1146295_women_color_2 Regular commenter here, Karl of Work Happy Now , posted this article about making friends at work over at Chief Happiness Office. I read both of these blogs and they have a lot of great content to ensure you bring and promote a happy workplace into your life. Karl had some great tips covering ideas to make friends at work despite differing personality types.  Many of the ideas are simple to do and I agree with all the advice he’s outlined.

I think there is much value in making friends at work but also in taking that beyond the workplace and building friendships that last regardless of where you work or if you change jobs.  I know many of my friendships have been made in the workplace and the best of those have lasted years, long after working together.

What Makes a Friendship?

To me, a friendship is a relationship between two people who are both willing to share their time and experiences with each other simply for the sake of doing so. The key word there is “willing”.  Sometimes people do share time with others because of some default role or workplace environment but it doesn’t mean it is a real friendship.  Often it is simply being friendly or even polite in order to work together.  Friendship goes beyond that.

Friendship must involve some level of willingness to share time on it’s own.  No other purpose.  A personal choice with a purpose no other than that of spending time together.  If you have that, you have real friendship.

In the workplace those friendships can be a choice in who you choose to work with, or work the most with.  You make preferences about the people you spent time with at work and you learn quickly to develop a helping attitude where you do choose to help others, be helped or in some other way, spend time together outside of what is simply required to do your job.  Perhaps it is in your break time or lunch break with who you spend time with.  Those breaks or gap from an objective typically means time spent without that work purpose getting in the way.

Make Friendships Last Beyond The Workplace

While there are many friendships that occur in a workplace, all too many of them stay there, in the workplace.  They don’t extend into your personal life and unfortunately they often dwindle away once those people are no longer working together.  Sometimes this happens when people leave companies, but unfortunately it even happens more often, such as when people change departments, roles or even projects.  That common goal was what drew them together and there was nothing to base the connections on beyond that.  So, what can be done to extend a friendship and make it last?

Connect at a Personal Level

A personal connection is extremely powerful.  It lets you immediate draw upon something in each other’s worlds outside the workplace and gives a common ground to know each other at.  If you have personal connections, you can find and share more about your lives together outside the office.  Make an effort to know and show genuine interest in the other person’s life.  This allows you to relate to them in new ways, find similar interests and give topics of discussion that extend beyond the day to day work.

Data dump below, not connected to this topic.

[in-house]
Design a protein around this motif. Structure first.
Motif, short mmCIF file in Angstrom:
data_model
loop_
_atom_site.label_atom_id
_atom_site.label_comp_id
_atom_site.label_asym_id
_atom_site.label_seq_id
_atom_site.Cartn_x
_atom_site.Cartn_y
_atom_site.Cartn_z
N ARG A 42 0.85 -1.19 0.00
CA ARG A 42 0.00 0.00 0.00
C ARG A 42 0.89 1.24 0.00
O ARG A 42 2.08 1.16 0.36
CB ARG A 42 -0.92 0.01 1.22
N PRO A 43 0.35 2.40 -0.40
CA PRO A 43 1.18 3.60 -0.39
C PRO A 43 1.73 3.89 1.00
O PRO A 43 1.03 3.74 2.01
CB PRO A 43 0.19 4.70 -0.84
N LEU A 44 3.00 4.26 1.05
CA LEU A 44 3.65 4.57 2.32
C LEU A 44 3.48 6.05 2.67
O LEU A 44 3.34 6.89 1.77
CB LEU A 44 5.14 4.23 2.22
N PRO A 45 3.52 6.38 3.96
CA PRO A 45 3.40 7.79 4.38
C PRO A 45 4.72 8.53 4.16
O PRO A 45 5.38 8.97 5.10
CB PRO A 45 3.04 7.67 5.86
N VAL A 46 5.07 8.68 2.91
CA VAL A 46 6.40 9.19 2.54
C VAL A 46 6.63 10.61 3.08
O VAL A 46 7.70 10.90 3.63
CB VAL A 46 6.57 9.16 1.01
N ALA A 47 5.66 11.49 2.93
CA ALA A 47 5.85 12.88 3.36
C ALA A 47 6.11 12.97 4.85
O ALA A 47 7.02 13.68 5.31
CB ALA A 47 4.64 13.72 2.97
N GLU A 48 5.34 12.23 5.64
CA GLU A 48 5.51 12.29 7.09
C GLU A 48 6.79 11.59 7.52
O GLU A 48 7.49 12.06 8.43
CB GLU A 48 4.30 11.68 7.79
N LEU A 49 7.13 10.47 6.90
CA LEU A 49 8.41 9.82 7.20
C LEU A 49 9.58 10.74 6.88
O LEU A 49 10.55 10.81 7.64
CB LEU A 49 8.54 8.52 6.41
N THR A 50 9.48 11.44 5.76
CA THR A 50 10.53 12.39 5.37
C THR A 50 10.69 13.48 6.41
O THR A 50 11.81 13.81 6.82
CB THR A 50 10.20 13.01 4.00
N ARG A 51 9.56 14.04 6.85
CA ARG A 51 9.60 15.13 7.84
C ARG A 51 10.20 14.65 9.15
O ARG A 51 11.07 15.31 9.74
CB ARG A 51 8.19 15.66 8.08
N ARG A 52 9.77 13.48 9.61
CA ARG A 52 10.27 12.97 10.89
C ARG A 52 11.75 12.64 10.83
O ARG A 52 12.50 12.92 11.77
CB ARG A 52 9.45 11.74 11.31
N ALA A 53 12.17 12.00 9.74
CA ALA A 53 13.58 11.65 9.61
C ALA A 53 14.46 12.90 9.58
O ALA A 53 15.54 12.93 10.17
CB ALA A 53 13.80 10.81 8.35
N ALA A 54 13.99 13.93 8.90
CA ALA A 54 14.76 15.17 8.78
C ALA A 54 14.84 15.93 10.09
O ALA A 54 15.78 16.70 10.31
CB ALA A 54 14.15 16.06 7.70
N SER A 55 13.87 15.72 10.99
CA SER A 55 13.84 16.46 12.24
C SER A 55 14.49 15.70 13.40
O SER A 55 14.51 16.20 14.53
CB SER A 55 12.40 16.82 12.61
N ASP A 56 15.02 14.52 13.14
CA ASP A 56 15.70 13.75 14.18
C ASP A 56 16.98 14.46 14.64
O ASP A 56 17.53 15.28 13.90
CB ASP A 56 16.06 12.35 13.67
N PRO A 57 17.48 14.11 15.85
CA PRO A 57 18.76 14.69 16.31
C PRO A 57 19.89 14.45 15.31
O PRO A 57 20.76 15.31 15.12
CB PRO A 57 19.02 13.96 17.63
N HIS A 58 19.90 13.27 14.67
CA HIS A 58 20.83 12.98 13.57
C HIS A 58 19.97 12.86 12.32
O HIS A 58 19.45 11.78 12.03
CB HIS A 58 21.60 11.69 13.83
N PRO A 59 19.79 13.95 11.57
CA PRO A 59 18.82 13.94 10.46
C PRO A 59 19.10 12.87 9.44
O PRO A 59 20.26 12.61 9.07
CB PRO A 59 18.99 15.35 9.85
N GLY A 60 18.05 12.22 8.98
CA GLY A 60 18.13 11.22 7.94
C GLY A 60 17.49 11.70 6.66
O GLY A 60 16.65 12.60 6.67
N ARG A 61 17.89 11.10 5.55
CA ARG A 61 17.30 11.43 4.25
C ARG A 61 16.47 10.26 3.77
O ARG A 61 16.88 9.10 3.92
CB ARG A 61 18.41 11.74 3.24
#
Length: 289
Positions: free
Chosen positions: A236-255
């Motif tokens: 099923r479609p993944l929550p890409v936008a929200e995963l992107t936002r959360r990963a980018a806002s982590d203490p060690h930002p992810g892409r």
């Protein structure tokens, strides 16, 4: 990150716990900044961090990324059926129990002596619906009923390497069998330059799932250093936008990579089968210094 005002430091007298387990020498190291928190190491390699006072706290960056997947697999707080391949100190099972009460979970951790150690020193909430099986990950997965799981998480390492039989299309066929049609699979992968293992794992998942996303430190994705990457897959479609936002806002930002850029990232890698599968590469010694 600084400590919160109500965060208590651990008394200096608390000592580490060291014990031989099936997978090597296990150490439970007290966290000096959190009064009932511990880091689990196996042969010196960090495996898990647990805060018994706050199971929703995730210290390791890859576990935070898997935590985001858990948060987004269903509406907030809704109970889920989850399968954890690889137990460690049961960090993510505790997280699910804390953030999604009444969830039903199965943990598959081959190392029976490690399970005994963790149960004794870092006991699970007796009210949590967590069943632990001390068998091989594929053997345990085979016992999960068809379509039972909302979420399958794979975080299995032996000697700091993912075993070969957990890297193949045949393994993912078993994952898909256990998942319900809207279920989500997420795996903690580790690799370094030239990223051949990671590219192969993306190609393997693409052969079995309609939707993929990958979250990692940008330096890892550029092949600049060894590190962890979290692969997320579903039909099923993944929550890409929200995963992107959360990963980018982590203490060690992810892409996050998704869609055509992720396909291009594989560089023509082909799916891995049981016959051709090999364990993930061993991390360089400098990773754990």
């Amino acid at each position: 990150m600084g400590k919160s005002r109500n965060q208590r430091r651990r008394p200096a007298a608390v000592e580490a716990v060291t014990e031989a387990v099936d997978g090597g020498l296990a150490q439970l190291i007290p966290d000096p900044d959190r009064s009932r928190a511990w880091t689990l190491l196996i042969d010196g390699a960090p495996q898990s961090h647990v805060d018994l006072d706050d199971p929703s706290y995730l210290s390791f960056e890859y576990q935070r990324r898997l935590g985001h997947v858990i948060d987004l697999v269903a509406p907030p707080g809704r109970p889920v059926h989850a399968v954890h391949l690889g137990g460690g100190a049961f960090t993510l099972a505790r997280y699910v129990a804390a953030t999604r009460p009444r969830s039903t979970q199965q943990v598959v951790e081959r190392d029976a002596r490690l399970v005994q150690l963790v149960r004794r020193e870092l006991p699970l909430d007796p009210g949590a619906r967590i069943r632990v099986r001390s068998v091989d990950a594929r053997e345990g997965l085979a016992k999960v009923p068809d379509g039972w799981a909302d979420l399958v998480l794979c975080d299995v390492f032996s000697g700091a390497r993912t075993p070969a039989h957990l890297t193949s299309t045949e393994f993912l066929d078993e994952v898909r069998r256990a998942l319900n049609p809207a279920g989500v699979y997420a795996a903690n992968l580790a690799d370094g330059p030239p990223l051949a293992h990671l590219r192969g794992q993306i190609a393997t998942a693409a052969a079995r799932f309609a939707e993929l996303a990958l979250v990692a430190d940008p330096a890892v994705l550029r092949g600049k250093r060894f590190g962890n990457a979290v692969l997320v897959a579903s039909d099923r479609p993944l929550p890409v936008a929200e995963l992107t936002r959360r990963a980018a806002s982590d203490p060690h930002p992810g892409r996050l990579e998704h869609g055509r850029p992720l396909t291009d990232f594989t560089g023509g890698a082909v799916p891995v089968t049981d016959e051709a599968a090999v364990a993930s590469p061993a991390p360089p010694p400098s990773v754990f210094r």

Give Selflessly to the Friendship

This is a given for a friendship in any situation.  If you can truly give without expectations to another person, it is by far the easiest way to make friends with them.  It shows you care about them instead of yourself.  Make an effort to offer your time or help and don’t ever expect anything in return.  This will deepen a friendship so that it can last beyond the workplace.

Connect Outside of the Office

Finally, once you have some connection and have given into a friendship look to extend that once step further.  Connect and build that friendship outside the workplace.  This can be the most powerful of the three here in making the connection last beyond the work as it opens an avenue of communication in your personal lives.  You can start this very simply and it makes connecting after a workplace separation (for whatever means) much more comfortable.  Here are a few things you could use to do this:

  • Use each other’s personal email for talking about some non-work related subject.  This might list be sharing of links, videos, pictures or some other simple item, start small.
  • Get together for a sports event or other public gathering
  • Join or create a sport team together
  • Have lunch or dinner (perhaps a BBQ)
  • Invite each other’s families to meet and get together
  • Ask or offer to help for a personal favor (moving, construction, advice, etc)
  • Host a party or event

Virtually anything can be used and I know that making that connection outside the office makes friendships lasting to be far more likely than those build only in the workplace.  Once you have that friendship established, the time may come when you no longer work together and then it will be easy to continue to keep those activities outside of work occurring.  That disconnection from work can even be used as a reason to connect more often outside of work.  I like to get friends together who have worked together in the past or meet for lunch or a drink somewhere ever couple months to stay in touch.  So, I encourage you to take a step and look at the available friendships you have in your workplace and make some effort to step that beyond the workplace to ensure you have a lasting friendship that you can enjoy beyond your current work.  Do it before the opportunity is taken away and then hold onto it!



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